Per a report from POLITICO Pro, Republicans on the House Education and Labor Committee are urging their Democratic colleagues to hold a public hearing on the federal embezzlement probe into leaders of the United Auto Workers.
n a letter to Chairman Bobby Scott (D-Va.) and Health, Employment, Labor, and Pensions subcommittee Chairwoman Frederica Wilson (D-Fla.), Reps. Virginia Foxx (R-N.C.) and Tim Walberg (R-Mich.) requested that the committee call a hearing to “confront the widespread, brazen lawbreaking by union leaders who purport to represent nearly 150,000 American autoworkers but have betrayed their trust in favor of self-enrichment.”
Last week three UAW leaders were implicated in a federal embezzlement investigation.
The Detroit News reported that UAW President Gary Jones and former president Dennis Williams were two unnamed officials accused in an indictment of helping orchestrate yearslong embezzlement of training center funds.
Separately, authorities arrested a member of the union’s executive board, Vance Pearson, on money laundering and fraud charges in connection with the same scheme.
The training-center scandal has sent eight people to prison so far, including high-level UAW officials accused of accepting bribes aimed at making them more pliable in bargaining. Former Vice President Norwood Jewell was sentenced to 15 months behind bars in August for using training-center funds to pay for rounds of golf and tickets to Disney World and other theme parks, among other lavish purchases.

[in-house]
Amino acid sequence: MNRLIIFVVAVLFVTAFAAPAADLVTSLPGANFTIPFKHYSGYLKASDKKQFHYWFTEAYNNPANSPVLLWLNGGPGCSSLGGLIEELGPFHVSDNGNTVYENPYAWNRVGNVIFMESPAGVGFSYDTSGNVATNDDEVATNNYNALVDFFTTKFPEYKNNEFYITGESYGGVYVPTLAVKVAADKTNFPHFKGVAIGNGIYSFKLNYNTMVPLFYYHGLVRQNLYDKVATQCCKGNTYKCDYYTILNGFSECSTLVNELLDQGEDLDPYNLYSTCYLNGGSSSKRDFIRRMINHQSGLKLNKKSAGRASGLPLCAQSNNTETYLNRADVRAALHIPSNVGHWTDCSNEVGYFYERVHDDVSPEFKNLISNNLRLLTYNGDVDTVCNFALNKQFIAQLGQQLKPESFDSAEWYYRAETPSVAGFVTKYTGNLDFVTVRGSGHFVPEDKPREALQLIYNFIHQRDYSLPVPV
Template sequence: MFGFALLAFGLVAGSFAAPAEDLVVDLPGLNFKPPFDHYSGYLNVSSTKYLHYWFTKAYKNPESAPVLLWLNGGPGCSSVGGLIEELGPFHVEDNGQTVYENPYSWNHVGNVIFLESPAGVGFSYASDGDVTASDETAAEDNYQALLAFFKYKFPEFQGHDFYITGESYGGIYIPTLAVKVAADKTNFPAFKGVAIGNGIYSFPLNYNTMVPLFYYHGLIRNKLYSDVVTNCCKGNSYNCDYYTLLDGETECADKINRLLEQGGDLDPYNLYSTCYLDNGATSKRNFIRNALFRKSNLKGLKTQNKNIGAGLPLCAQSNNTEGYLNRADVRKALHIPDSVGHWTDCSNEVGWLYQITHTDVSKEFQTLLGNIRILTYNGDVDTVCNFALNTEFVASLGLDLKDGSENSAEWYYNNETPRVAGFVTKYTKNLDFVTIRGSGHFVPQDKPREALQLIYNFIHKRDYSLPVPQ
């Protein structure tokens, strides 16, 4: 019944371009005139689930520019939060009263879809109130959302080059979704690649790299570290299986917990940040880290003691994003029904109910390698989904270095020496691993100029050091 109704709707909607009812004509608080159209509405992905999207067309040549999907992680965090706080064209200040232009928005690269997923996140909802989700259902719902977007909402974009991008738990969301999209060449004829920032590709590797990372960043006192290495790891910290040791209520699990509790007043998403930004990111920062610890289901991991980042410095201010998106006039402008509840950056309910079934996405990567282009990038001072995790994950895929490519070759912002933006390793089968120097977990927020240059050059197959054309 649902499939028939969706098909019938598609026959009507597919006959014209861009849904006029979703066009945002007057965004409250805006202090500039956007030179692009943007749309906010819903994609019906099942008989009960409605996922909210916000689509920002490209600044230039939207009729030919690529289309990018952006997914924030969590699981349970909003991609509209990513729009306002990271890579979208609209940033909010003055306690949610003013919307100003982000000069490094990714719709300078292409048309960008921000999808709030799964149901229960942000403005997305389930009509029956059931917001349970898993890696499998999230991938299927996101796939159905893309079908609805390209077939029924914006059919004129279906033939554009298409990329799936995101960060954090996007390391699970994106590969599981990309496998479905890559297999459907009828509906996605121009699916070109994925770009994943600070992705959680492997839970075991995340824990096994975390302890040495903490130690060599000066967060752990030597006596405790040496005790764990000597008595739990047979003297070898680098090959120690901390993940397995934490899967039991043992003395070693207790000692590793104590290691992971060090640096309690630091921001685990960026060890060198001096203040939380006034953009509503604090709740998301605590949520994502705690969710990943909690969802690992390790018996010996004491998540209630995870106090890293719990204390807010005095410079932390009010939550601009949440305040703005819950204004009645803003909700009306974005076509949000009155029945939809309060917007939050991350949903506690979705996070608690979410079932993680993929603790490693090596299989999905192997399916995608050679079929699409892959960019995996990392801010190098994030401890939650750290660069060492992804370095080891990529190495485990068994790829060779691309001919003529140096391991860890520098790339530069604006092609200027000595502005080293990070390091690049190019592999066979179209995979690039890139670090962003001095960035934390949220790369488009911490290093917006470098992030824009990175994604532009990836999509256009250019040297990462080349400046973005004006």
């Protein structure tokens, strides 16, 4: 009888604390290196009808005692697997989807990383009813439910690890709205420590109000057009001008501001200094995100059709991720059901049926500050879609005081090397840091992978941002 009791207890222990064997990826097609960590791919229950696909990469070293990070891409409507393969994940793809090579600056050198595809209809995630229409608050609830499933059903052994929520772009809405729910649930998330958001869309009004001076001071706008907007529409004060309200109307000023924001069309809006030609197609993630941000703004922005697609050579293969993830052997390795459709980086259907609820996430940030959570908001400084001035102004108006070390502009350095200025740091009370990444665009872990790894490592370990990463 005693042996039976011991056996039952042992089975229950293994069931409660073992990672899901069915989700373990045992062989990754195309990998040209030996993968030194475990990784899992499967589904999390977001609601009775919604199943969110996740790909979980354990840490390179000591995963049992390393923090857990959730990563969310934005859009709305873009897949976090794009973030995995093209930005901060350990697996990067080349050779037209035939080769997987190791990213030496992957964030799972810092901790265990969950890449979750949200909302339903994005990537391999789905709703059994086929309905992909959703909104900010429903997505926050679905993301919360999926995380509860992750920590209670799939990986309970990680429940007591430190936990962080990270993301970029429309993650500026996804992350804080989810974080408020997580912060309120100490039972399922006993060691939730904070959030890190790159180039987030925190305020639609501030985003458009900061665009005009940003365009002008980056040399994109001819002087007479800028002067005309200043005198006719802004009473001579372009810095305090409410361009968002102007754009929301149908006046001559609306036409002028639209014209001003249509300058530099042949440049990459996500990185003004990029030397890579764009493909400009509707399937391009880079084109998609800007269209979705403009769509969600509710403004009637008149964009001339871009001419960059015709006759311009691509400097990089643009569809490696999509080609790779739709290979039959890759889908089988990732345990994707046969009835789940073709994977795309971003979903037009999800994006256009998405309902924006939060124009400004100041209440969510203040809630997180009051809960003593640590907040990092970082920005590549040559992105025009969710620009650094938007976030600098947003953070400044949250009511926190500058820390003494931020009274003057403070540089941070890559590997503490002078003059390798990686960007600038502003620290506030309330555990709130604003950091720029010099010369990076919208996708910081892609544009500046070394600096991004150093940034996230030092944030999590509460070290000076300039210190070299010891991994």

The Republicans argue in the letter that discussing the probe publicly is “particularly important” because Democrats on the committee have introduced legislation that would broadly overhaul federal labor laws.
Democrat’s “Protecting the Right to Organize Act,” introduced earlier this year would strengthen collective bargaining rights and increase penalties to employers when they violate labor laws.
Provisions in the bill would allow employers and unions to agree contractually to the collection of such fees to help cover the cost of collective bargaining. It would also grant workers a private right of action, allowing them to bypass the NLRB and take lawsuits alleging violations of the NLRA directly to court.
Foxx and Walberg say the legislation is aimed at “significantly increasing the coercive power of labor leaders and decreasing their accountability, risking similar episodes of corruption and wrongdoing in the future.”
The Education and Labor Committee held a hearing on the legislation earlier this year, but it has not yet been scheduled for a committee markup.
Concerns over the UAW probe come as thousands of workers represented by the union have walked off the job at General Motors plants nationwide. The automaker and the union have been unable to reach an agreement on a new four-year contract.